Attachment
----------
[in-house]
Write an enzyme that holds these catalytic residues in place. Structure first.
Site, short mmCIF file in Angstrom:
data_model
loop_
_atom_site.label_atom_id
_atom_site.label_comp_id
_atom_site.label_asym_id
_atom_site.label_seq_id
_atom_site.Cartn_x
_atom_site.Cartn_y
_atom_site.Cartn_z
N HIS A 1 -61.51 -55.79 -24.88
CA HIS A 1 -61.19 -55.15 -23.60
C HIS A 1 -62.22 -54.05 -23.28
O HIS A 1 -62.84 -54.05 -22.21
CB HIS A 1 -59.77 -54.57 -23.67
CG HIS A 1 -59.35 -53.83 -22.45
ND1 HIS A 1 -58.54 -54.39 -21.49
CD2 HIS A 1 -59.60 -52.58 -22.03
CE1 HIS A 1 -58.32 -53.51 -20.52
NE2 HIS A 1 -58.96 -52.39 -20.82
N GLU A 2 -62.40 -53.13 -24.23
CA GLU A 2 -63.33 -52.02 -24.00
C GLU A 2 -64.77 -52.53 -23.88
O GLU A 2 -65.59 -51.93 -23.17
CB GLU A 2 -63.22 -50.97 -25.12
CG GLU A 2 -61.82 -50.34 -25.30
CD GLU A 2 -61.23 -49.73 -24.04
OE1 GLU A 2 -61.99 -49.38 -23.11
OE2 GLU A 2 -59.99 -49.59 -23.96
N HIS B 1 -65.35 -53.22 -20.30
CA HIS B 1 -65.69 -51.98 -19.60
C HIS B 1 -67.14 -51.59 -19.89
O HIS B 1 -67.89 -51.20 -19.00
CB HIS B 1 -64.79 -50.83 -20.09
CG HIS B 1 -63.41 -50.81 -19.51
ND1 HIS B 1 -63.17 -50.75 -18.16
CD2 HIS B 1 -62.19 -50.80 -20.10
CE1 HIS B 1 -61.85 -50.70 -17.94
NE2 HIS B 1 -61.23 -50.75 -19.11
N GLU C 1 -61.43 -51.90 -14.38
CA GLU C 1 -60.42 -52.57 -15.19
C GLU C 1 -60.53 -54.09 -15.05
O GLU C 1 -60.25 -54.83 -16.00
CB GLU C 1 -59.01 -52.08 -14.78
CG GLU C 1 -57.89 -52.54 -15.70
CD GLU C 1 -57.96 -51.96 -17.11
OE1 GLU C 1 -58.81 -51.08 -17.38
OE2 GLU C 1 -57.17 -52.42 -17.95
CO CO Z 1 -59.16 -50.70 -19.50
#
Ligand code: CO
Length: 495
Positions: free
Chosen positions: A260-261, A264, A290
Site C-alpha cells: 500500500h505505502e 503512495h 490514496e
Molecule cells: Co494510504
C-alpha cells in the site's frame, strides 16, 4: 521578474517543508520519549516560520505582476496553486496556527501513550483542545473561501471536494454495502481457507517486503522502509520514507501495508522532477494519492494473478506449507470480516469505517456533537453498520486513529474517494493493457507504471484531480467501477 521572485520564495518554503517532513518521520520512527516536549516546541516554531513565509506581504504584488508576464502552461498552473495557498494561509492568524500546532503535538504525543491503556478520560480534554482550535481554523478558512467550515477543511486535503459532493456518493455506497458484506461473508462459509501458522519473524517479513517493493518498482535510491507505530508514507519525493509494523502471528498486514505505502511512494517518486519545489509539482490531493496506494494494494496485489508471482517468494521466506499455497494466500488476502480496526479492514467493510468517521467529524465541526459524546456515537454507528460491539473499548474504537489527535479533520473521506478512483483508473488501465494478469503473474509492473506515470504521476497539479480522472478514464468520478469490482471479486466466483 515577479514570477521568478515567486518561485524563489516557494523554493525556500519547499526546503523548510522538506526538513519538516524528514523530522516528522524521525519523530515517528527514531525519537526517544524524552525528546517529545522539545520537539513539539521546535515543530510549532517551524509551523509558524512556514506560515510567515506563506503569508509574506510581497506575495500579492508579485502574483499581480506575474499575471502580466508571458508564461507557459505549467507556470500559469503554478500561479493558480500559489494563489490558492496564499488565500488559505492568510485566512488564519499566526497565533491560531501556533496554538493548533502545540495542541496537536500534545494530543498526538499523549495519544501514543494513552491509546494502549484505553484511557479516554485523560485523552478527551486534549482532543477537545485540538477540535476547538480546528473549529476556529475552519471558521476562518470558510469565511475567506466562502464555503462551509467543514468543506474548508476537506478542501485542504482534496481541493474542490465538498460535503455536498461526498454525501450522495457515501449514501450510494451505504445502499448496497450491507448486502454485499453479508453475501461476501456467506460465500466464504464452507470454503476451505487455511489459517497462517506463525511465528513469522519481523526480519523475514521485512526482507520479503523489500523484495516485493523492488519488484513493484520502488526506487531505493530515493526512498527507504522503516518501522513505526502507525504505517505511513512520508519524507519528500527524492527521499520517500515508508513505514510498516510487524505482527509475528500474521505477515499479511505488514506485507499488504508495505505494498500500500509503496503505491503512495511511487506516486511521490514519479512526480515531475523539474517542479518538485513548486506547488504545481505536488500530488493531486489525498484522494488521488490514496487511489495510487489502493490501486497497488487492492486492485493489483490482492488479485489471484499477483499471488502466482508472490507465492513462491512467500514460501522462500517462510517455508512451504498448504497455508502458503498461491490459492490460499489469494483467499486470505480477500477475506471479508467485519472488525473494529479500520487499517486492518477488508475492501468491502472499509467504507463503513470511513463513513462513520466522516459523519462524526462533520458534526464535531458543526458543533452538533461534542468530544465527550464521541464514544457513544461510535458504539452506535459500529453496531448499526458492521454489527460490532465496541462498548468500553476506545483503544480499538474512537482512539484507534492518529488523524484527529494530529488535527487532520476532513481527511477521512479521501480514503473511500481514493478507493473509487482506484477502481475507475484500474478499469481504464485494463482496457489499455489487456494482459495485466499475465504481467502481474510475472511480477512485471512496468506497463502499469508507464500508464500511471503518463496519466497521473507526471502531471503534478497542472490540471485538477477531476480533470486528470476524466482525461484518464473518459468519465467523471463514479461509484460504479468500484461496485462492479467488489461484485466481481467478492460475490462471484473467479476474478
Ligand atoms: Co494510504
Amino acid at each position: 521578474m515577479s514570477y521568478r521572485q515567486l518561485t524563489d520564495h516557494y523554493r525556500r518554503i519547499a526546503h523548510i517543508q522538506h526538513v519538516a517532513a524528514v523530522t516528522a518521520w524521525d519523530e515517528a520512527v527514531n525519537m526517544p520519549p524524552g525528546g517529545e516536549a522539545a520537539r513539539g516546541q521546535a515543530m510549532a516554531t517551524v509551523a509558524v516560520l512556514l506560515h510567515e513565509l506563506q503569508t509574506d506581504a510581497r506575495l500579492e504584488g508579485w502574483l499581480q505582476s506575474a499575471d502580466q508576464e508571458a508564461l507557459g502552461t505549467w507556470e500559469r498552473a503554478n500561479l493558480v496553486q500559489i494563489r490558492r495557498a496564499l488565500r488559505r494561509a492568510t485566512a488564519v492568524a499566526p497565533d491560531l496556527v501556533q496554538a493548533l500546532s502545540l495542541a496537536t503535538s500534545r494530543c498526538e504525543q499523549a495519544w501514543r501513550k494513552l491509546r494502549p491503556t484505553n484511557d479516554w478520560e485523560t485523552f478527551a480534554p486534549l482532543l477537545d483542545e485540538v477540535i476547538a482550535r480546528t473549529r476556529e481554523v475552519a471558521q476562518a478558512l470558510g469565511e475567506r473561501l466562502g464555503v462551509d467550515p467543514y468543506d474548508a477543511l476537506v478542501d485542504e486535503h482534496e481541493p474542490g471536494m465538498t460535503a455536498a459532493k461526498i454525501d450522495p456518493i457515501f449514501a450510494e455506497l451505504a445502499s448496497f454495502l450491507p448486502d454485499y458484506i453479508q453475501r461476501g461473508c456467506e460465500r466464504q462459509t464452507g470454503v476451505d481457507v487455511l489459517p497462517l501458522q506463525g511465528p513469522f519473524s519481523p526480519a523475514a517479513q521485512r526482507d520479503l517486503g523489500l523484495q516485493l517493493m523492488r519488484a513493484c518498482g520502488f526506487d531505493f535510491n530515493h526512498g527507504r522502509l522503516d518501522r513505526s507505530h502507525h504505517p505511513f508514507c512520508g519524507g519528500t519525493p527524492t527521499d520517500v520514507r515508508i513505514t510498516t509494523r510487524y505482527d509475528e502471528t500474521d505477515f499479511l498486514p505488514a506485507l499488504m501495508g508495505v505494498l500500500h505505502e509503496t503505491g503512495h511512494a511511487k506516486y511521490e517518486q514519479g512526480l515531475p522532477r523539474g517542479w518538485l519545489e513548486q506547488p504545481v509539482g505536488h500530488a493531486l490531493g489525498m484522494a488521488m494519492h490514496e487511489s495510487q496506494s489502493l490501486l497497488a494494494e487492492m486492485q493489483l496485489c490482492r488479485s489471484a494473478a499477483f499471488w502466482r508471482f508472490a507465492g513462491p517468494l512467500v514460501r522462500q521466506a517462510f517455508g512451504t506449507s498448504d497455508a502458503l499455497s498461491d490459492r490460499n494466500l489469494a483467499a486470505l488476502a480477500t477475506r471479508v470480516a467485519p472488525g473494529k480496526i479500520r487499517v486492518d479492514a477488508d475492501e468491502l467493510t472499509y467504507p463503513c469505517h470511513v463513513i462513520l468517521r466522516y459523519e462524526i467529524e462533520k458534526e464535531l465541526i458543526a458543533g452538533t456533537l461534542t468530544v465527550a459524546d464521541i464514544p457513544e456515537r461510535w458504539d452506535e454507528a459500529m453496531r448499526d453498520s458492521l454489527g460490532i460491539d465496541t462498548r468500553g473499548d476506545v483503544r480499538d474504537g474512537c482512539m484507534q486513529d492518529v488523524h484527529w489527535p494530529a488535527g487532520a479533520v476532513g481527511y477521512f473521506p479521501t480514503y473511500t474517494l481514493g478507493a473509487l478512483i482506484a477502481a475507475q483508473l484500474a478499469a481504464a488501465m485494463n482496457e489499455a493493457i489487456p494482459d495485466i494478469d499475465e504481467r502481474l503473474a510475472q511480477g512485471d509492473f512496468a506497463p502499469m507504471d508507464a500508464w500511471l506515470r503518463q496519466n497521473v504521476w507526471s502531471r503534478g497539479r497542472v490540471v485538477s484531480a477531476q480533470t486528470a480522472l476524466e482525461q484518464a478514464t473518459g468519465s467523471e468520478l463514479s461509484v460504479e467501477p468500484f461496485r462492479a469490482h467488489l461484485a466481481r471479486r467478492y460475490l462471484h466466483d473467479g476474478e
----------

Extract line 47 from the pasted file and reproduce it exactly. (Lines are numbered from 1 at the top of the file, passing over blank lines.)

CG GLU C 1 -57.89 -52.54 -15.70